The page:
The Indian parliament has moved a step closer to banning domestic firms from manufacturing low-cost generic copies of patented drugs.
Many rely on cheap copies of drugs
Campaigners say the move will deprive millions of people around the world of access to cheap life-saving medicines.
The bill will ensure India meets World Trade Organisation (WTO) rules.
It has been approved by the parliament's lower house, but must still be sanctioned by the upper chamber before it becomes law.
The new legislation will replace the current patent law, which has allowed drug makers to copy patented drugs as long as they use a different manufacturing process.
This liberal approach has helped to foster a strong drug manufacturing industry in India for more than three decades.
However, the government argues that patent recognition is an essential pre-condition for India's drug industry to further its own drug research and development or attract foreign partners.
Health activists have urged the Indian Goverment to rethink its proposals, claiming that they would see millions of Aids patients miss out on cheap medication.
Ellen't Hoen, of the relief agency Medecins Sans Frontieres, said: "Fifty percent of people with Aids in the developing world depend on generic drugs from India"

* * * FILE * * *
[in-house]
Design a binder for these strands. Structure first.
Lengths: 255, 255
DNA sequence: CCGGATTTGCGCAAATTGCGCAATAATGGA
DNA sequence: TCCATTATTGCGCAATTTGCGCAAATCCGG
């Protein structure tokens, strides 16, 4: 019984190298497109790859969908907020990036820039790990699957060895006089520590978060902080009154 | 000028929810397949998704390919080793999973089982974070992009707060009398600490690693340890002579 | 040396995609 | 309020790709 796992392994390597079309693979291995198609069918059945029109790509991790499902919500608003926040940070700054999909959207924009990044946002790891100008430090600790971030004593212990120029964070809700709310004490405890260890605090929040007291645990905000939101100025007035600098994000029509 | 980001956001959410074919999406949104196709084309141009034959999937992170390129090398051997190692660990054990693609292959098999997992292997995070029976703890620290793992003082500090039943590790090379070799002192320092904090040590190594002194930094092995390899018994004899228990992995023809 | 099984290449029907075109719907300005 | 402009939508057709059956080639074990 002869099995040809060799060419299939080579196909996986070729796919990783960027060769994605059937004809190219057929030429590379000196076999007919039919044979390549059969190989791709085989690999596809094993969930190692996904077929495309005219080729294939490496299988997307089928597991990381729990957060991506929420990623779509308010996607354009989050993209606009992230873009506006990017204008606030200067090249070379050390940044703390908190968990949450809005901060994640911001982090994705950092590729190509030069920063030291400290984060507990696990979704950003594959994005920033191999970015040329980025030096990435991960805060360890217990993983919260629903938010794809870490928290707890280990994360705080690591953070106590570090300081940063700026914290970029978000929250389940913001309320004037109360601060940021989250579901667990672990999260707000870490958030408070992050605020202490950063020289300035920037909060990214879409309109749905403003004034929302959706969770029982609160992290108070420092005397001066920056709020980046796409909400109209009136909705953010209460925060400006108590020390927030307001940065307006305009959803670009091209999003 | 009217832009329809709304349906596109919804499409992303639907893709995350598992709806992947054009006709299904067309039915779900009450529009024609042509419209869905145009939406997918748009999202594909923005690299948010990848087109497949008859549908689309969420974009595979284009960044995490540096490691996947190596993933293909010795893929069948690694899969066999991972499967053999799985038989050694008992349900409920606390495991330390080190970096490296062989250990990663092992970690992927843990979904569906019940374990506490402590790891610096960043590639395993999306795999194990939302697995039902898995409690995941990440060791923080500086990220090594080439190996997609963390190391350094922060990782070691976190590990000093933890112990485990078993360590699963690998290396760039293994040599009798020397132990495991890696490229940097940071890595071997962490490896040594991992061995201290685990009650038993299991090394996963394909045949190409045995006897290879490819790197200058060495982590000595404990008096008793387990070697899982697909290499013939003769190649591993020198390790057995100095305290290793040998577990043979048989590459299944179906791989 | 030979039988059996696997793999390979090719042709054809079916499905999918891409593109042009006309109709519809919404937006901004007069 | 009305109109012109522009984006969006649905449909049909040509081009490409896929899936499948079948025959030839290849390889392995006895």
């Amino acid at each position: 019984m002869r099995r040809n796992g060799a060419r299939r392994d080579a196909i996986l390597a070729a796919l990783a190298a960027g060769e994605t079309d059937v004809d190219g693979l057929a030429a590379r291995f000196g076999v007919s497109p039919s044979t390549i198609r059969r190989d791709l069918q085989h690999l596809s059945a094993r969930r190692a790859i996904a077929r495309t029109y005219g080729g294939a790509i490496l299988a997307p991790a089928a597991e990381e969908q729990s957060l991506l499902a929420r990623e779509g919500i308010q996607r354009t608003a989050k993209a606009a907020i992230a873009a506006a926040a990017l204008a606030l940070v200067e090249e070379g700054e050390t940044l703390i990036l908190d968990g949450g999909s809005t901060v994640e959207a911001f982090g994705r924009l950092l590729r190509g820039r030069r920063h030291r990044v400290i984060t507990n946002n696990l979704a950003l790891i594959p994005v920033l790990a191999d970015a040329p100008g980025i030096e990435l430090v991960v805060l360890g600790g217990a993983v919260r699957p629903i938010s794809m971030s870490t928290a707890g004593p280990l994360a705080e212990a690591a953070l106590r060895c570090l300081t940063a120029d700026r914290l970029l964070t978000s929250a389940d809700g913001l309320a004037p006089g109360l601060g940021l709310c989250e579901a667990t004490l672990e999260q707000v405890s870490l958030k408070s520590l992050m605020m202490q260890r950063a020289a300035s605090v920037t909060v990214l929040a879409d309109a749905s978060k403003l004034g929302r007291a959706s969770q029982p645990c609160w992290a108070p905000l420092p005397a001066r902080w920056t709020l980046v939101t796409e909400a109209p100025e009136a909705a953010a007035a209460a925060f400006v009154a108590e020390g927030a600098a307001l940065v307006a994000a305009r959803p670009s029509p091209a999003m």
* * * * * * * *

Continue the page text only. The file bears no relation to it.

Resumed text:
"The patent law will cut the lifeline to other countries."
The 545-member lower house passed the Patent (Amendment) Bill following a walk out by members of the Hindu nationalist opposition.
They argued the legislation was a "sell-out" to global drug firms.
The Hindu nationalist Bharatiya Janata Party (BJP) warned if passed the legislation would trigger a massive increase in the price of patented drugs.
BJP leader V.K. Malhotra said: "The government will be now responsible for the consequences of the bill and the hardships that will heap upon the people."
Speaker Somnath Chatterjee called for a vote after the Congress party-led coalition government pledged safeguards to prevent a hike in prices of crucial pharmaceutical products in India.
Commerce Miniter Kamal Nath said: "The government will have enormous powers to deal with any unusual price rise."
The vote went the way of the government after its Communist allies dropped their oppostion to the bill following concessions.